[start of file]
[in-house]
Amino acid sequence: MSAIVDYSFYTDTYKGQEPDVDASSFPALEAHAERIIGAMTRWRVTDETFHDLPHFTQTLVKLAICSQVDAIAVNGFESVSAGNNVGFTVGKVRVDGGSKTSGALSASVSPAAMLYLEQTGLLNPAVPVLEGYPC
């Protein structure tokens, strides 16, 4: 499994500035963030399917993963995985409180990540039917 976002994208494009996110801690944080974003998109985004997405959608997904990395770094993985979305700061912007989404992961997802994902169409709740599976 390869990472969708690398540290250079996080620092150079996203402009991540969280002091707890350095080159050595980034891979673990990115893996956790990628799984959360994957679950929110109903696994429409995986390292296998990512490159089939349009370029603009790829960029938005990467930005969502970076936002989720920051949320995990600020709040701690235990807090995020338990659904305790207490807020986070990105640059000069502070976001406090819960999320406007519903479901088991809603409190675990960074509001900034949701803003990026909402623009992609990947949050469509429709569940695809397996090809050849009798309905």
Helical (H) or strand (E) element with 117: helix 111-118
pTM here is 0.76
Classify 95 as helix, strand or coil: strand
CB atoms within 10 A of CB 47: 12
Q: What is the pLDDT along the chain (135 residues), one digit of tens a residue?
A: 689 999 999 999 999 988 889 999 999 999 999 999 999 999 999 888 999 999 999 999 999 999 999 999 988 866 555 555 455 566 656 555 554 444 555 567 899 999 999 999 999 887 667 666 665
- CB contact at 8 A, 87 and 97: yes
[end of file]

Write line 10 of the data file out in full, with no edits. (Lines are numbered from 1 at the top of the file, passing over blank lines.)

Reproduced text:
- CB contact at 8 A, 87 and 97: yes